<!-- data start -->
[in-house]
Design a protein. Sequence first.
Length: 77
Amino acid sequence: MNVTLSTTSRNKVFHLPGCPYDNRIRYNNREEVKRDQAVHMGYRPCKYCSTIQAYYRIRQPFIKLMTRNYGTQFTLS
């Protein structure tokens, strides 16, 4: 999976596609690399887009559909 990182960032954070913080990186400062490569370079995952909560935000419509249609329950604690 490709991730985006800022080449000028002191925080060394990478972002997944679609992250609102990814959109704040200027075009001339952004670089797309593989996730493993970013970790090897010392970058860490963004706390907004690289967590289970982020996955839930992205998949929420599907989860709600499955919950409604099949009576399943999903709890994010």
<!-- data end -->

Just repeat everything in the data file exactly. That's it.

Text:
[in-house]
Design a protein. Sequence first.
Length: 77
Amino acid sequence: MNVTLSTTSRNKVFHLPGCPYDNRIRYNNREEVKRDQAVHMGYRPCKYCSTIQAYYRIRQPFIKLMTRNYGTQFTLS
């Protein structure tokens, strides 16, 4: 999976596609690399887009559909 990182960032954070913080990186400062490569370079995952909560935000419509249609329950604690 490709991730985006800022080449000028002191925080060394990478972002997944679609992250609102990814959109704040200027075009001339952004670089797309593989996730493993970013970790090897010392970058860490963004706390907004690289967590289970982020996955839930992205998949929420599907989860709600499955919950409604099949009576399943999903709890994010």